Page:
But that’s what’s good about that scene. Because threesomes are so often idealised as the ultimate sexual experience, but it was just so uncomfortable and great because of that.
But that also that it hadn’t been a terrible night. That she had a real connection with that girl, and that it hadn’t worked out throughout that entire evening. That it started out as such a great night, and ended up so isolating. And also sometimes a great really great sexual interaction can make you feel so alone.
Fun question: I’m assuming that you were the master filmmaker behind the kids videos in the film, the farts one and the uber-arty one. Was that fun to make?
It was fun, we shot those before principal production. And it was actually-
-was it part of your personal collection of old shorts you’d made when you were younger?
(laughs) No, a couple of days before we went into production it was raining, and I was stressed about going into production. But at the same time it was one of those things that was really fun to edit. I remember watching the edits and laughing so hard. And even to this day, most of the film doesn’t make me laugh out loud, I’ve seen it so many times but every single time I see the fart video, when he’s walking and farting with each step, I can’t help it. I just can’t not laugh. I really enjoyed that, and it’s really a testament to my sense of humour. I like dry things, I like not playing the jokes, but then I also really like Mel Brooks’ films like Young Frankenstein. I really do appreciate good slapstick and silly farce. That is my nod to it. I don’t think I’m the best at it, and I don’t think I could do an entire film of silly jokes, but I love love silly humour. And that moment is super silly. For better or worse, I think that’s the trademark or the thing about the film that stands out to me, it tries everything. And the tone shifts dramatically. And the film starts with silly joke, joke, joke, and then goes to the coming out scene and the threesome scene, which is really serious and to the fart scene.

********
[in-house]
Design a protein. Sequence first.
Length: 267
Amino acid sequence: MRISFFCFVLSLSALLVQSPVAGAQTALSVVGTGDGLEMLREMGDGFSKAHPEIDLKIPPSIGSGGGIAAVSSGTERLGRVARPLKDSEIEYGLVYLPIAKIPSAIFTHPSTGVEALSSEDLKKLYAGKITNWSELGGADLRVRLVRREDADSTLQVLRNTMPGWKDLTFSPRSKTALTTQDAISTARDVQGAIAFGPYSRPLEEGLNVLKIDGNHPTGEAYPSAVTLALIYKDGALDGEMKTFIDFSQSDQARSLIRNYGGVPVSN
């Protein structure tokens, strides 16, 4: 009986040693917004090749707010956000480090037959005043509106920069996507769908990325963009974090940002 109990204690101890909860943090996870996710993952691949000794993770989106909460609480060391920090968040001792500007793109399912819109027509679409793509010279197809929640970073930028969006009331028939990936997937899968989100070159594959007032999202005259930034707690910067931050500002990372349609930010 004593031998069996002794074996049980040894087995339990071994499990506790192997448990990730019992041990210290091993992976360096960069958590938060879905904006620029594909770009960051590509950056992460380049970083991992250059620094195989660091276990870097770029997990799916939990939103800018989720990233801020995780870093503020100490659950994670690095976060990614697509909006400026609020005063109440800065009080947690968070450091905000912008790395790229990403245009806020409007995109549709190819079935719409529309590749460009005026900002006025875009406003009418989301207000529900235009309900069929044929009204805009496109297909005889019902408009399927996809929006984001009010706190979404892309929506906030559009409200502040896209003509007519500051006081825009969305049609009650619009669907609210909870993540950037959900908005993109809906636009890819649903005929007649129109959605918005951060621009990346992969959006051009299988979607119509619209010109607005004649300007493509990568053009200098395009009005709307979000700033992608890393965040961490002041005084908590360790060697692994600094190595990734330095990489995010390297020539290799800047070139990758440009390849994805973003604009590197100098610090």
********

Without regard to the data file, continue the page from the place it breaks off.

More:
It builds. It starts out-
-one thing, like an episode of a TV show.
Yeah, but then it builds and snowballs and gets really strong.
And I really hope people stick with it. In the first 20 minutes I get really nervous, like ‘oh, do people think this is one note, or shallow’, because it does go somewhere differently. And that’s the funny thing about making films nowadays, if everybody was just going to watch it in movie theatres I’d be really confident, but knowing that people download things and stream things and that the nature of watching something has changed so intrinsically.
And also the nature of responding to things, anyone can go online and say something.
Yeah or in the middle of the film while watching, they can just tweet ‘I hated that shit’. And at that moment you do, and then you can just shrug it off, and that’s your relationship to that film. And I’m guilty of it too. I think that the way we consume media is going to change the way it’s made.
It already has. Like with Mumblecore films, Joe Swanberg’s new film is playing at the festival. And especially with his early films, was that genre something you had in mind, or something that influenced you?
Hannah Takes the Stairs is a film I saw when it first came out, and I was inspired by Joe Swanberg’s work a lot. I watched his webseries Young American Bodies. It was all about young, normal people having sex. And I liked that it existed. And it was inspiring to me, and it definitely influenced how I wanted to shoot sex scenes. And he’s just so prolific.
I think he’s made 14 films, one every year or something like that.
I mean one year he made 6 films. 6 films. The way he works is very different to the way I have, but I think its about where your talent lies and if your talent lies in pulling together a group of people in a room and coming at them with a story and finding the dialogue and the nitty-gritty together that’s an amazing skill. I love writing dialogue, and that’s where my joy lies. So I want to write that all out, and have that experience and bring it to people. So mine’s slightly more structured and just a different process. I watched Funny Ha Ha and those are films that changed the game for me, and I was like ‘oh, there are so many different ways to make films’.